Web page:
Virginia Institute of Marine Science
North American Journal Of Fisheries Management
Freshwater fishes have been introduced outside their native range to establish recreational fisheries, but management conflicts arise when such introductions also result in potentially harmful effects on native species. In this case study, we focus on Blue Catfish Ictalurus furcatus, which were introduced in the Chesapeake Bay region and are now considered invasive. In many tidal tributaries, Blue Catfish have increased dramatically in abundance, expanded into high-salinity habitats (up to 21.8 psu), and negatively affected native species, prompting calls for the development of an effective management plan. However, management of this conflict species is complicated by multiple competing objectives, including control of population size, maintenance of trophy fisheries, and expansion of commercial fisheries for Blue Catfish. Seven management recommendations were advanced by the Invasive Catfishes Work Group to control the spread and limit the ecological impacts of Blue Catfish on native species. We highlight opportunities for addressing these complex management issues and guide our suggestions using results from research on invasive Blue Catfish ecology and population dynamics, as well as management of invasive species in general. A formal approach, such as structured decision analysis, is required to resolve conflicts among user groups and to address the wicked problem of Blue Catfish in the Chesapeake Bay region.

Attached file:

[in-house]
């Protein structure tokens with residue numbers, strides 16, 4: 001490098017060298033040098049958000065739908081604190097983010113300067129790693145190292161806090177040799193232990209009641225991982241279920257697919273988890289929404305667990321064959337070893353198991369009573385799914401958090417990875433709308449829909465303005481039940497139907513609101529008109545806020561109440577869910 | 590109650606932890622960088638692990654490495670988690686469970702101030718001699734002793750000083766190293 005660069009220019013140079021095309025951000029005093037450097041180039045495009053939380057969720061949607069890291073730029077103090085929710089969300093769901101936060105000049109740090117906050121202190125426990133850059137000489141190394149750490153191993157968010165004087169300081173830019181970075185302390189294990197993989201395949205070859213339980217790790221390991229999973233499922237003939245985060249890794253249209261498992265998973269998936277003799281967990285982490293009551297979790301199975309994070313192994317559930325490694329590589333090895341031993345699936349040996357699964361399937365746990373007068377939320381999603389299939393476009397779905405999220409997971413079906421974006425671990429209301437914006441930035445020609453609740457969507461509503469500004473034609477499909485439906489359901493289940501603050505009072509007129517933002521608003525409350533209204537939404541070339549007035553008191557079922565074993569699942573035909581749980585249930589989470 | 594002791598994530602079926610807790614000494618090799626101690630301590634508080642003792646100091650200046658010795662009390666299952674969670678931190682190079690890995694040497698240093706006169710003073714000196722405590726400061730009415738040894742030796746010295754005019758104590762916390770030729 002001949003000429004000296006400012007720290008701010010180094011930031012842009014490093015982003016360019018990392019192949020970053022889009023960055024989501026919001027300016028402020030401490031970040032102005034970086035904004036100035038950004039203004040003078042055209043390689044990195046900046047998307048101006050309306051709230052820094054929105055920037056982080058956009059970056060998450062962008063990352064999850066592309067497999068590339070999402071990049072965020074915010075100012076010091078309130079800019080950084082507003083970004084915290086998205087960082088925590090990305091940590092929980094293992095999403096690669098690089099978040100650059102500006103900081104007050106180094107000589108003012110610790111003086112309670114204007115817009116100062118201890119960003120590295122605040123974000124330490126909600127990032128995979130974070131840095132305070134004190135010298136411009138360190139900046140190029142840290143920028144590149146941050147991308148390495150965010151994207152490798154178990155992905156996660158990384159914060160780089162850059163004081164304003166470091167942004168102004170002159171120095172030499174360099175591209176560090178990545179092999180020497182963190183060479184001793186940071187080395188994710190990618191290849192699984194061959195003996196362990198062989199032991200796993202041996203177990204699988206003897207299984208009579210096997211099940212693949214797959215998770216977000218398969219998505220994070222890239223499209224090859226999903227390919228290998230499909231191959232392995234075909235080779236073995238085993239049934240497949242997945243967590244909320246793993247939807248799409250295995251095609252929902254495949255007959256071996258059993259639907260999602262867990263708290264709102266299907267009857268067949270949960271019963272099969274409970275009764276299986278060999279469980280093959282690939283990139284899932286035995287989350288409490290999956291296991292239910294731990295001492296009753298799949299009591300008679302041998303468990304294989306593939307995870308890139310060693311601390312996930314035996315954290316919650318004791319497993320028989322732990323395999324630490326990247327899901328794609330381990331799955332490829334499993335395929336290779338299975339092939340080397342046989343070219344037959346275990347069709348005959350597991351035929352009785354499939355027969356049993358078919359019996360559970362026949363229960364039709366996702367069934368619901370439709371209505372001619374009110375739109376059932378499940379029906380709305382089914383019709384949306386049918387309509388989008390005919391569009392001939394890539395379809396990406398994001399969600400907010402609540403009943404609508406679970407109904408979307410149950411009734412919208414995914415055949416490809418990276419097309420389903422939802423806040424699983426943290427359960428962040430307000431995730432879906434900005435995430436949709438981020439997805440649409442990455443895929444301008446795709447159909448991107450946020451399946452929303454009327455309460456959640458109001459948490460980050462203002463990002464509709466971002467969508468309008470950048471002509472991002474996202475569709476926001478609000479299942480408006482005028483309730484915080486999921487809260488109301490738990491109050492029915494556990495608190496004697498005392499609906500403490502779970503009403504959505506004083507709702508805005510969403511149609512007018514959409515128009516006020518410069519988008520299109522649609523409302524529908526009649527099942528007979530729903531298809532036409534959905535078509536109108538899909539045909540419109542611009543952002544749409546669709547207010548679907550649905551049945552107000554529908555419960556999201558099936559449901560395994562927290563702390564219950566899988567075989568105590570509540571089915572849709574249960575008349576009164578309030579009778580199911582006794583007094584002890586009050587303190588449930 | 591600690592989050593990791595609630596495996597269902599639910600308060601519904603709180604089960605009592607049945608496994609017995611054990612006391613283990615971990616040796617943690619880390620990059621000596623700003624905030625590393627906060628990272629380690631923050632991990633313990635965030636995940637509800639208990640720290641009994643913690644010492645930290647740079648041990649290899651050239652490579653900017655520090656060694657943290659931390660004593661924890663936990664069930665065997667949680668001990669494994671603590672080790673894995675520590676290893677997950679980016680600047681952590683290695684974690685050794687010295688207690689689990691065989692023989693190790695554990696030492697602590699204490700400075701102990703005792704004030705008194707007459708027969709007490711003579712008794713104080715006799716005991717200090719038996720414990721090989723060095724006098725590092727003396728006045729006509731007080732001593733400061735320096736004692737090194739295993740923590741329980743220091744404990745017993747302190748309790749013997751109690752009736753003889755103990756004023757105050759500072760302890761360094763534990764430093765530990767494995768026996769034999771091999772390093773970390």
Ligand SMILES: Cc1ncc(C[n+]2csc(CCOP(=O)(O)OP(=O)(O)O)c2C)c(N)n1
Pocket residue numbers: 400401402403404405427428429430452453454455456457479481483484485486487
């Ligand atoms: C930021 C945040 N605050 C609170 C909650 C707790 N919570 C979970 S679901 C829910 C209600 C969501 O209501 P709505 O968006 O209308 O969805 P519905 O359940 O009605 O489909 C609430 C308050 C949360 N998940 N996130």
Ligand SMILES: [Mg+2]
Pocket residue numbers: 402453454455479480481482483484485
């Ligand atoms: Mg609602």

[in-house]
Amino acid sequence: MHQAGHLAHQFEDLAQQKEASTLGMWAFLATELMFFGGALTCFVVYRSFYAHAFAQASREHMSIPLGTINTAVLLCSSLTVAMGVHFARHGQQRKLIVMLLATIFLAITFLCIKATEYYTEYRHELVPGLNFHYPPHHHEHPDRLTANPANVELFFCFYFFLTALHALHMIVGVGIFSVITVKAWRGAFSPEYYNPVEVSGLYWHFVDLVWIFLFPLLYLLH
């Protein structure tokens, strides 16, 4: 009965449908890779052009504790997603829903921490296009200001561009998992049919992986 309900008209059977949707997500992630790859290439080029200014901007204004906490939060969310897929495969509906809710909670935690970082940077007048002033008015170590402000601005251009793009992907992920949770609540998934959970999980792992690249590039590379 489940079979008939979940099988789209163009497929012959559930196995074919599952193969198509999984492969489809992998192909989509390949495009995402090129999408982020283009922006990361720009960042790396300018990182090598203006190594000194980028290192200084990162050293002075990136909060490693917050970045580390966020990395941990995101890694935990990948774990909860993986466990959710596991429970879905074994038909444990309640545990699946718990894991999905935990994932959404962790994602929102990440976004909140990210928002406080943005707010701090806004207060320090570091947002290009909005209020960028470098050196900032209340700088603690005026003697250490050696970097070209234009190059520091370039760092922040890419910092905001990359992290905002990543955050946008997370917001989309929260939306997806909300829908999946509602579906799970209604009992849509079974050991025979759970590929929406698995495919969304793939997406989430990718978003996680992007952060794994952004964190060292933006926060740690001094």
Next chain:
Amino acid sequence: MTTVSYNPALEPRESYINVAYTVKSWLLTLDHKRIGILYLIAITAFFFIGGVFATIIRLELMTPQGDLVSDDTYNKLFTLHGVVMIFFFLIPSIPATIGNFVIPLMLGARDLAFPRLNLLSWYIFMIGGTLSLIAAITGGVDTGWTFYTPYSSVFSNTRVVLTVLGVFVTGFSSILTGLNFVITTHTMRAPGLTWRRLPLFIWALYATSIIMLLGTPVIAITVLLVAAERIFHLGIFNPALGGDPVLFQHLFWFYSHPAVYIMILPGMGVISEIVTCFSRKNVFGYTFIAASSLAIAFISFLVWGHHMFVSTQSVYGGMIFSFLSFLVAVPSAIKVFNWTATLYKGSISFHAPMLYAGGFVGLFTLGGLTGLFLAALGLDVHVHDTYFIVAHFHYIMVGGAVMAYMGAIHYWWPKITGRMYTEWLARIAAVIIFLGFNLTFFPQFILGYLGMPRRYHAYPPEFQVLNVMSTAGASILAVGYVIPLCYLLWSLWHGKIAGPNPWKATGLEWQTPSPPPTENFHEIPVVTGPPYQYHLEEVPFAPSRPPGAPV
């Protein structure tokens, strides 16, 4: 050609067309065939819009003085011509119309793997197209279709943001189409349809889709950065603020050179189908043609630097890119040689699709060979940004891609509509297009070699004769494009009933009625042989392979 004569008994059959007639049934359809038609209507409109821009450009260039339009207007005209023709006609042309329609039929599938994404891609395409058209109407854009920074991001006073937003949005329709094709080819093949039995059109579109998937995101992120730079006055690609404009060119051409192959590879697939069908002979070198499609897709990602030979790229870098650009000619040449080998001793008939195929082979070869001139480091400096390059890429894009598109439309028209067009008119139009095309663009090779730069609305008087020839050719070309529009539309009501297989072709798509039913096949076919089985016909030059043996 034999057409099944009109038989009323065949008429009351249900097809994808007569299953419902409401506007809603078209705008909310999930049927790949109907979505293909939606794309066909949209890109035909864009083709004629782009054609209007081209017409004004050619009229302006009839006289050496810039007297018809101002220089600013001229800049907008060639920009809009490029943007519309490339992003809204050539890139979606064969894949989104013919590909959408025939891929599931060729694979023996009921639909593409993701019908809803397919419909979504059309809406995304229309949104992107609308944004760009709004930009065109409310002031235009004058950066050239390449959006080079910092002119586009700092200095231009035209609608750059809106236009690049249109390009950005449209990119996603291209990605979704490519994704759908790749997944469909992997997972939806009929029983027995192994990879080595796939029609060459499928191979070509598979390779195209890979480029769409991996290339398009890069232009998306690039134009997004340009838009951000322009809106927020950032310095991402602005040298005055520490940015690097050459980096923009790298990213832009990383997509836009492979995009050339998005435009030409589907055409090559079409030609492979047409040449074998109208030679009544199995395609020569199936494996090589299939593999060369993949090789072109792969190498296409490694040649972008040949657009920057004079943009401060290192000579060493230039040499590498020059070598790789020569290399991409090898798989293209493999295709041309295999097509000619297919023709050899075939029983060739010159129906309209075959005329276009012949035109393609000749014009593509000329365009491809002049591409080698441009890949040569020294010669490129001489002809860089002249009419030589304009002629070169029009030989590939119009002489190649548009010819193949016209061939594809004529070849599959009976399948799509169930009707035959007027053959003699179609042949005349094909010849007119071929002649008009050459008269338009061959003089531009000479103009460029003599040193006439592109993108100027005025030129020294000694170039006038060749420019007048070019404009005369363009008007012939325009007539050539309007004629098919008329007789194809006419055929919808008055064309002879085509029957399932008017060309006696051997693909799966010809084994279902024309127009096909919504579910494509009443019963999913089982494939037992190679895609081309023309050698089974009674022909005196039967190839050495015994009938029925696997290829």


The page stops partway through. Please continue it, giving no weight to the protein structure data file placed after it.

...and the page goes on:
Blue Catfish, Ictalurus furcatus, invasive species
Creative Commons License
This work is licensed under a Creative Commons Attribution 4.0 License.
Fabrizio, Mary C.; Nepal, Vaskar; and Tuckey, Troy D., Invasive Blue Catfish in the Chesapeake Bay Region: A Case Study of Competing Management Objectives (2020). North American Journal Of Fisheries Management.